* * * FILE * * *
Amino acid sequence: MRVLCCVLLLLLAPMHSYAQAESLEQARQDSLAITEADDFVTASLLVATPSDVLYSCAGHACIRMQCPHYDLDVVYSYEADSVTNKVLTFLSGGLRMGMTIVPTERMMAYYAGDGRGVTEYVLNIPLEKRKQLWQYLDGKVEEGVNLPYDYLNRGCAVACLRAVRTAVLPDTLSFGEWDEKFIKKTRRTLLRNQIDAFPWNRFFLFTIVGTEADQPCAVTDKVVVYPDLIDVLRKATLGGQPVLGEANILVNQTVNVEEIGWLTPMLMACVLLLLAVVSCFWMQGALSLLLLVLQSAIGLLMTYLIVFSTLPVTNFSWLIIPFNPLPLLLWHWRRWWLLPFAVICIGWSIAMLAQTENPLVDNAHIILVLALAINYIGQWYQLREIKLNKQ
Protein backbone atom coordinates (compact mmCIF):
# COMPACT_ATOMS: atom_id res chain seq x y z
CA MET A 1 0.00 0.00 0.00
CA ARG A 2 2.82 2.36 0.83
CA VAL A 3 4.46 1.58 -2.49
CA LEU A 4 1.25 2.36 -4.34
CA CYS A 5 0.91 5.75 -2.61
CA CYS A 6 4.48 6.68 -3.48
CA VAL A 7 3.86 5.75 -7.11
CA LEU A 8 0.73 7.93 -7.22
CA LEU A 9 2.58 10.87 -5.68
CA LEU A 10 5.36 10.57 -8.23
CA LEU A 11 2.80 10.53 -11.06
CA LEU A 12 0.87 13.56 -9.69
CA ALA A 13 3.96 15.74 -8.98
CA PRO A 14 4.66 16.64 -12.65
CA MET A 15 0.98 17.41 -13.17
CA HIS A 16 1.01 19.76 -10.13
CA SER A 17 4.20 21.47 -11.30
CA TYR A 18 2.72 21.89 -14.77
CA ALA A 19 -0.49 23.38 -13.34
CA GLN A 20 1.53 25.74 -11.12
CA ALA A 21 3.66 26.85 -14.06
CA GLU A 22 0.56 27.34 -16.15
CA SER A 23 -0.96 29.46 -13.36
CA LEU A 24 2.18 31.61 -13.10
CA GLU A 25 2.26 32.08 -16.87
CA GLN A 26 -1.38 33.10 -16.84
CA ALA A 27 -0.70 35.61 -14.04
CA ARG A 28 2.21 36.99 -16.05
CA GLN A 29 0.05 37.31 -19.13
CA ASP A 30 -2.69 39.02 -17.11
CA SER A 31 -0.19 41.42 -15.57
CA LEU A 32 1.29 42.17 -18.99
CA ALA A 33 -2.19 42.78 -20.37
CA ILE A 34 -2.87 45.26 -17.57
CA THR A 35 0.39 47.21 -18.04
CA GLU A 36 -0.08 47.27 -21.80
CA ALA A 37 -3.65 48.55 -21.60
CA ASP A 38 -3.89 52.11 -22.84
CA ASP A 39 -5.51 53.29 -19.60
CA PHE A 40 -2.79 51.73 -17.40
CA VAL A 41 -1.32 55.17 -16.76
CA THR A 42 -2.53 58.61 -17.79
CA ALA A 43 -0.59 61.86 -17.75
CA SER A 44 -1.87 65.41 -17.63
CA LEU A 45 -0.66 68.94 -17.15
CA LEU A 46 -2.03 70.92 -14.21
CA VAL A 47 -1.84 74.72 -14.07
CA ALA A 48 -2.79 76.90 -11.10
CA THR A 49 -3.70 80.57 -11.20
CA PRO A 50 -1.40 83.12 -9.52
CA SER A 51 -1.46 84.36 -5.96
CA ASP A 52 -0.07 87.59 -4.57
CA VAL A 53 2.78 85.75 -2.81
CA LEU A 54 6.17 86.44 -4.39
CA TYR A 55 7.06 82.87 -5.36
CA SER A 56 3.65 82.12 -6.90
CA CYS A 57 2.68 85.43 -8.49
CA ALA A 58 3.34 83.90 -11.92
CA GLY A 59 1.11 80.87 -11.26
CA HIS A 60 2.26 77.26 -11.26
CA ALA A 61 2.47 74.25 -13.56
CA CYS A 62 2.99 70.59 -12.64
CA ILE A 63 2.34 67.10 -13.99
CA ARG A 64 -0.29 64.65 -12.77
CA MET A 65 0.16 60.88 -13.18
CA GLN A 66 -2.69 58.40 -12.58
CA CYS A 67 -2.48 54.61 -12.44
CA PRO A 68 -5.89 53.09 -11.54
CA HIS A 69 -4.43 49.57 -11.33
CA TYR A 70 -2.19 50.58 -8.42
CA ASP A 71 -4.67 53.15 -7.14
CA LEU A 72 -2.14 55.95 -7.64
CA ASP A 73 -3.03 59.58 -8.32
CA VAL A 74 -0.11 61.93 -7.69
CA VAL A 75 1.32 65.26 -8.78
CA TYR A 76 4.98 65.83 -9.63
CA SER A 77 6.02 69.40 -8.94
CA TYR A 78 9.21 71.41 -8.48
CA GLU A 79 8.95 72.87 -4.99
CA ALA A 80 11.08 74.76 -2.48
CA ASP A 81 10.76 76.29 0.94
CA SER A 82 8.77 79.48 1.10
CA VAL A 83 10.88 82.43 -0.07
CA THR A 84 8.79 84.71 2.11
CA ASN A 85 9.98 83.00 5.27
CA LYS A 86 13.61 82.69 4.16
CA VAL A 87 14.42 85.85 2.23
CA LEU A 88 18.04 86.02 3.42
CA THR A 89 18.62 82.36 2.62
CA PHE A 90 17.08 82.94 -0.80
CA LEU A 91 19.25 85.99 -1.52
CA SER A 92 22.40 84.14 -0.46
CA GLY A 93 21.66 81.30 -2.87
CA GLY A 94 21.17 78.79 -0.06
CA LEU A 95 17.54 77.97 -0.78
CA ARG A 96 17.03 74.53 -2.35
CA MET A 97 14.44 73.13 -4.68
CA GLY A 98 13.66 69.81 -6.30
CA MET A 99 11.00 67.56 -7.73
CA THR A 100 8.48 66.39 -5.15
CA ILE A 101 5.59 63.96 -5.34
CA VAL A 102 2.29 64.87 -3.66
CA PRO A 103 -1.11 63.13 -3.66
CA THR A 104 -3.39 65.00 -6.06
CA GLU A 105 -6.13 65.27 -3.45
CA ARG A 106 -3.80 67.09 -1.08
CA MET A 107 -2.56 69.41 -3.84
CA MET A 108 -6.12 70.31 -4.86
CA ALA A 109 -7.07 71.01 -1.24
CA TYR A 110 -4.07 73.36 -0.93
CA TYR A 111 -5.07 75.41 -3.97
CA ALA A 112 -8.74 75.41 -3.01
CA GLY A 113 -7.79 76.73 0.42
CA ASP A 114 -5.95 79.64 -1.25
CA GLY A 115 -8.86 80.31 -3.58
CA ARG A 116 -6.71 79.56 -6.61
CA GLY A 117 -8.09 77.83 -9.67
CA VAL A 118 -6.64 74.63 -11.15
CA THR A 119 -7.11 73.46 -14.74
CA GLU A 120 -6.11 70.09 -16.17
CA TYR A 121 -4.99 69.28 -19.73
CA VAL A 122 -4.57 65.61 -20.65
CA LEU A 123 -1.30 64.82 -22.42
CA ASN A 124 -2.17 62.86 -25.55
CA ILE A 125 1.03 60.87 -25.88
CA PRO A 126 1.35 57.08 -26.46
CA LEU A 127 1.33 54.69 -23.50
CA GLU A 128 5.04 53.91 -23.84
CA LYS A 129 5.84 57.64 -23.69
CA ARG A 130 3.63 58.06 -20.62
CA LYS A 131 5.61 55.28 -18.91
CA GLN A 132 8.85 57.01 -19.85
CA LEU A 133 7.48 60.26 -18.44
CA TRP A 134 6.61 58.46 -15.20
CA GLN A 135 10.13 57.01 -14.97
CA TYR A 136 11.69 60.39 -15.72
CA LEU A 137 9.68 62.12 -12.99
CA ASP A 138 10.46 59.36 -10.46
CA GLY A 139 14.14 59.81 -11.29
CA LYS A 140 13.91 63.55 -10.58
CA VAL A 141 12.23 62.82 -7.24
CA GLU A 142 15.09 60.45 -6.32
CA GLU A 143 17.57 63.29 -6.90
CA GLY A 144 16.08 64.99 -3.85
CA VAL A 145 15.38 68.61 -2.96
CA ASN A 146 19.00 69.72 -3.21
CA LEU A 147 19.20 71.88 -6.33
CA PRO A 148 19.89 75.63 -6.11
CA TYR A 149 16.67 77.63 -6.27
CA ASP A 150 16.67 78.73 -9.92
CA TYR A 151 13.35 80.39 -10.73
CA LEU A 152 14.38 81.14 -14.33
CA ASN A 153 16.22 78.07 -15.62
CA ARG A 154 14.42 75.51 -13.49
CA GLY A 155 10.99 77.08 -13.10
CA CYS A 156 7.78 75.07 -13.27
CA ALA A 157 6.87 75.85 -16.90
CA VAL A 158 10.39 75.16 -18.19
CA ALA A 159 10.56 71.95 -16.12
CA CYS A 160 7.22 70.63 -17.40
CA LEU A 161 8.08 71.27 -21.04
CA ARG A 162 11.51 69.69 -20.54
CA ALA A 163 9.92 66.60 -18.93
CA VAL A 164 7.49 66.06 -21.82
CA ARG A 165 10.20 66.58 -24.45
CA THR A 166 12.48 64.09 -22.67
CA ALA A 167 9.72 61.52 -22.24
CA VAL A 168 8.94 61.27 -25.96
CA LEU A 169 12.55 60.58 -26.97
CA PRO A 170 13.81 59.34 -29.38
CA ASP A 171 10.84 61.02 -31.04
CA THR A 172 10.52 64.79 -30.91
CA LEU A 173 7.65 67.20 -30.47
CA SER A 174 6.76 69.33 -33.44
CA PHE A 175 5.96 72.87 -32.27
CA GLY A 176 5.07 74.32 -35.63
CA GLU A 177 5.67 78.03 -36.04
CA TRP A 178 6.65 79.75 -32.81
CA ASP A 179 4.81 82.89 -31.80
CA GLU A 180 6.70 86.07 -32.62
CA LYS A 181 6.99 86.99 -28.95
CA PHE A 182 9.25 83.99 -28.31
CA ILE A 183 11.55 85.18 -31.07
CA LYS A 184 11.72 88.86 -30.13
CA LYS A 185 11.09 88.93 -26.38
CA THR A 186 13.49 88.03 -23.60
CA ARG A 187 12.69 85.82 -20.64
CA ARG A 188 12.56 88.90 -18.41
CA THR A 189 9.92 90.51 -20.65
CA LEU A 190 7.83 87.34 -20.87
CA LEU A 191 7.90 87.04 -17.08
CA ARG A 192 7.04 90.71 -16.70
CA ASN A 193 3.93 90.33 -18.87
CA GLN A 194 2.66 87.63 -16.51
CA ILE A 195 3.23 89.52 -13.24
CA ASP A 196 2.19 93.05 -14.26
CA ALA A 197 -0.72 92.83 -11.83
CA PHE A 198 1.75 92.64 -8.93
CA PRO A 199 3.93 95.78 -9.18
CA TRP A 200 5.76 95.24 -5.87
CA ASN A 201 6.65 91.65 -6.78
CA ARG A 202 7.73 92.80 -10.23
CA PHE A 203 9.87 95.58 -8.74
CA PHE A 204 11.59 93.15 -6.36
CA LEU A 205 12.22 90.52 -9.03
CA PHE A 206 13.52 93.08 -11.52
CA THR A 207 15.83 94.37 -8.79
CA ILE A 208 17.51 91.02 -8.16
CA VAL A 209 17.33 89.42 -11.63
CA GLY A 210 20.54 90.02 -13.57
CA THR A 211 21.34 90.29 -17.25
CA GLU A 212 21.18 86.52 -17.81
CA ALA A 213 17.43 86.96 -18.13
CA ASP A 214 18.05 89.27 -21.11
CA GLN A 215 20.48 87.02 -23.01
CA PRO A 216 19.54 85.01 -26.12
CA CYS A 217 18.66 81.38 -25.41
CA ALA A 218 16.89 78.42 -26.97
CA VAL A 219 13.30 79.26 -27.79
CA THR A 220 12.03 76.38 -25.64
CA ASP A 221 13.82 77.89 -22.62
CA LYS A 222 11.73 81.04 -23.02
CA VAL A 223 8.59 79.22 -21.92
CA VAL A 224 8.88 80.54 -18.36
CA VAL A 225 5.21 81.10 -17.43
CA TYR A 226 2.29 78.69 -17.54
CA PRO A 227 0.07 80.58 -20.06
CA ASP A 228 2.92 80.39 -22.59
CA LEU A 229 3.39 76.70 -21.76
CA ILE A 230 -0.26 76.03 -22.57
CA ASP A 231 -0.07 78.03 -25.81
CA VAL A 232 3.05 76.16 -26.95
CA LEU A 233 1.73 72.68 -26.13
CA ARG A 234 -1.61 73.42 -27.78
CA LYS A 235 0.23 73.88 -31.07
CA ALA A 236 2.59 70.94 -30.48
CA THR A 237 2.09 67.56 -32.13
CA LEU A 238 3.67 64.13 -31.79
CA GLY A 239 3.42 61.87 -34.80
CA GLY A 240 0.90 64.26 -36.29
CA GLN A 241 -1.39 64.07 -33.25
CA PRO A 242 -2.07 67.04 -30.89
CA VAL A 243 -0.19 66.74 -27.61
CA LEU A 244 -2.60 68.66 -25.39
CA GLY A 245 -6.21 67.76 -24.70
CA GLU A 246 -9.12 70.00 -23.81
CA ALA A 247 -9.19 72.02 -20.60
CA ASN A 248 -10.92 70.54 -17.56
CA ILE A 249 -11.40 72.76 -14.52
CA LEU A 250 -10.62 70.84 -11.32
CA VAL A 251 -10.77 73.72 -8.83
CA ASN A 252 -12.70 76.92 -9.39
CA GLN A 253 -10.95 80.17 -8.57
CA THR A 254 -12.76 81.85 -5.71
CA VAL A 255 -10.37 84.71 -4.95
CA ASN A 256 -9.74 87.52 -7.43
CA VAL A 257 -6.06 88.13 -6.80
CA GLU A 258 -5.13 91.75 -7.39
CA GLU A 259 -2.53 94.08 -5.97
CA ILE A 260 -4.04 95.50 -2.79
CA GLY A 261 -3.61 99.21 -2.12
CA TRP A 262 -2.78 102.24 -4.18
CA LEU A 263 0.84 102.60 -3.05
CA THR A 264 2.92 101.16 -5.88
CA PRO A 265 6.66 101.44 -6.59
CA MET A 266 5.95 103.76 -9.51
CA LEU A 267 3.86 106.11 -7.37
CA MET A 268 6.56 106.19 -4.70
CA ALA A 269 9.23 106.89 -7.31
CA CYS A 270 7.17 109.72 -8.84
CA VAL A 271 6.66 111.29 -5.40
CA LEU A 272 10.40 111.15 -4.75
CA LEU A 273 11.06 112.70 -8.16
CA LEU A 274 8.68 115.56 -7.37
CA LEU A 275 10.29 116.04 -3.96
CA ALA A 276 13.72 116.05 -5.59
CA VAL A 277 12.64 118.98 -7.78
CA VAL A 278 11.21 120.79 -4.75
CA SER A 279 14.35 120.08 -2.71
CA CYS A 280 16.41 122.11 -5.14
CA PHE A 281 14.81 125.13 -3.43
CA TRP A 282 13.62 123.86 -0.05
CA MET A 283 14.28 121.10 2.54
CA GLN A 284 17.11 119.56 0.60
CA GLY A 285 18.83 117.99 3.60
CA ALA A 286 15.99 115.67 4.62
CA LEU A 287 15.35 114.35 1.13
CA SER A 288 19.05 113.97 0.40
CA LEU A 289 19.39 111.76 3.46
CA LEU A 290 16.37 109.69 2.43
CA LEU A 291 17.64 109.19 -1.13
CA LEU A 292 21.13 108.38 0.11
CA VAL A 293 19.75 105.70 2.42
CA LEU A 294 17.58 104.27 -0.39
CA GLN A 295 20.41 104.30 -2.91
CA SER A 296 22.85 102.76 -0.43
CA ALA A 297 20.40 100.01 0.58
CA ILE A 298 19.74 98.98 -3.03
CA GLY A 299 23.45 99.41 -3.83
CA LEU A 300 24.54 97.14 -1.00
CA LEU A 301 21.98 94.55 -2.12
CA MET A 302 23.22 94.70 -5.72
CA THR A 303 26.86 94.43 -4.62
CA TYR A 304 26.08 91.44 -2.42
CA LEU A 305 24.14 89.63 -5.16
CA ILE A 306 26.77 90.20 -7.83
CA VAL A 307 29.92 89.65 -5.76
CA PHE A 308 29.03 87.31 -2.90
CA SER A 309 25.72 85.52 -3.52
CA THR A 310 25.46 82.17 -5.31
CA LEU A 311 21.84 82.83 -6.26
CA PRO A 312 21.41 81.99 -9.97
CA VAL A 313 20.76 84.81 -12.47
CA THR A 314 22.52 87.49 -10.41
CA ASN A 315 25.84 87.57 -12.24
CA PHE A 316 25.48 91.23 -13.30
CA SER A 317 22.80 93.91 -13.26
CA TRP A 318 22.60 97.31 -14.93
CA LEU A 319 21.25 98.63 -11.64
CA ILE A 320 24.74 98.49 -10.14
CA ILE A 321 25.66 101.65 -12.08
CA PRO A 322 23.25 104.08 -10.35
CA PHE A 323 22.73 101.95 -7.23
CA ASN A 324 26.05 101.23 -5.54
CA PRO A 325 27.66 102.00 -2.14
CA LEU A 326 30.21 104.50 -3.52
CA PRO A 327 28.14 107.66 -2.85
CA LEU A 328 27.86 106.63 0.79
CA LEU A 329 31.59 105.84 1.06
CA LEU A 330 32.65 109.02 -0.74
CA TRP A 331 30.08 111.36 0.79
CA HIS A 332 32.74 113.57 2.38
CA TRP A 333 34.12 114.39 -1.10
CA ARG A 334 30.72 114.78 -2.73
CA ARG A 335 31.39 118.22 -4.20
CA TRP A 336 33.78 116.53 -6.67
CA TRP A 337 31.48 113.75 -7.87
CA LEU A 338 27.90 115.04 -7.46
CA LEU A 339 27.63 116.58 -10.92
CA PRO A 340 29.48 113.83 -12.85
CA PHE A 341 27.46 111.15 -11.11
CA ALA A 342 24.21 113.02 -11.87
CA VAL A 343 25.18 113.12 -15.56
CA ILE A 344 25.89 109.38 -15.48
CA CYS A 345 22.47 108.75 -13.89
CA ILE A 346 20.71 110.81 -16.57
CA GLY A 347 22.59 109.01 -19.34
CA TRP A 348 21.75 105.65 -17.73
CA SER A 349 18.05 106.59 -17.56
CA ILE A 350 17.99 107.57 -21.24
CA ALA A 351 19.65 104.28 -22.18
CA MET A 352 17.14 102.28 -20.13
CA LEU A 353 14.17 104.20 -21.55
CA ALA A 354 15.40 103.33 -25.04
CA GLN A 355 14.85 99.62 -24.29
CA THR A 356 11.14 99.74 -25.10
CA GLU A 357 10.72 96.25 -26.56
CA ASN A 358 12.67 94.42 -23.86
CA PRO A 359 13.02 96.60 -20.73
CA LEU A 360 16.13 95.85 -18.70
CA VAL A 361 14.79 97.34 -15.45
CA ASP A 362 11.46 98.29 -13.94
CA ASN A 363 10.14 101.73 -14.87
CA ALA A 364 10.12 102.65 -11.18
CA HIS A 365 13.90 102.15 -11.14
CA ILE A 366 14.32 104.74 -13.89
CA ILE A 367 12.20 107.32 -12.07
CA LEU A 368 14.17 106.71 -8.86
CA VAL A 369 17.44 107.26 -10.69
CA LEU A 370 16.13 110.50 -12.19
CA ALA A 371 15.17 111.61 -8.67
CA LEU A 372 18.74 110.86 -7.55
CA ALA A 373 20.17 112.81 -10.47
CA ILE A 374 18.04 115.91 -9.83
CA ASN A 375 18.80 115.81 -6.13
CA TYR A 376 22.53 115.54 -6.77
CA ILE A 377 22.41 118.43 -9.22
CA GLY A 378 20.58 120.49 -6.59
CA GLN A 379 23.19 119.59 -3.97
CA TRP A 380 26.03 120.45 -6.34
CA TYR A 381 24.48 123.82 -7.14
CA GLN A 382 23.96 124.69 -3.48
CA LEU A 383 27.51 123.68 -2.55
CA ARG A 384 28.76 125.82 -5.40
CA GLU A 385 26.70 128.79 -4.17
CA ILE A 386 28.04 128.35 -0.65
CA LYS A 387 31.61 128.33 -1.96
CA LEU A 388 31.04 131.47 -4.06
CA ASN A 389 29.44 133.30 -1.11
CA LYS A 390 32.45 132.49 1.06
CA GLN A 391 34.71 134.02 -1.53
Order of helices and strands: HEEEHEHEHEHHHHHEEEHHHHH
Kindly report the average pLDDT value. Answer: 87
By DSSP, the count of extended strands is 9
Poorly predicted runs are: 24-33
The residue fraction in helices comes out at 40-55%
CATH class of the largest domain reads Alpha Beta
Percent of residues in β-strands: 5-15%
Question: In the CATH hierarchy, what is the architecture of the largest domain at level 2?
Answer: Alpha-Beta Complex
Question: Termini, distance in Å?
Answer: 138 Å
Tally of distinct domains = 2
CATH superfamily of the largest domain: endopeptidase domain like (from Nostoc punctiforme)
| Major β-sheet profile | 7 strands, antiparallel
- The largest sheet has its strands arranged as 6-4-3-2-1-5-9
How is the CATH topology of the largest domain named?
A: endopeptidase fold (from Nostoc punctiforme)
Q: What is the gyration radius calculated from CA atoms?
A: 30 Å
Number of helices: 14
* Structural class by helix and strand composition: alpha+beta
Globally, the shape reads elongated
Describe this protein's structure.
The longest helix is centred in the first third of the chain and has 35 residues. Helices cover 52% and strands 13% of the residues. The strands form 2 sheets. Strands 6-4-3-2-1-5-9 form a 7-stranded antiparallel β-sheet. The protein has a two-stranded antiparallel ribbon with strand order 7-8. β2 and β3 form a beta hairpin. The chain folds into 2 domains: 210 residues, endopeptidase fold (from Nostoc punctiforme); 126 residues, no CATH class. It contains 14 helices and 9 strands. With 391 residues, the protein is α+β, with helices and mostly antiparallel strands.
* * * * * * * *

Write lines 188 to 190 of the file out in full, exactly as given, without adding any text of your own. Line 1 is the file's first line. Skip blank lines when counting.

CA LYS A 185 11.09 88.93 -26.38
CA THR A 186 13.49 88.03 -23.60
CA ARG A 187 12.69 85.82 -20.64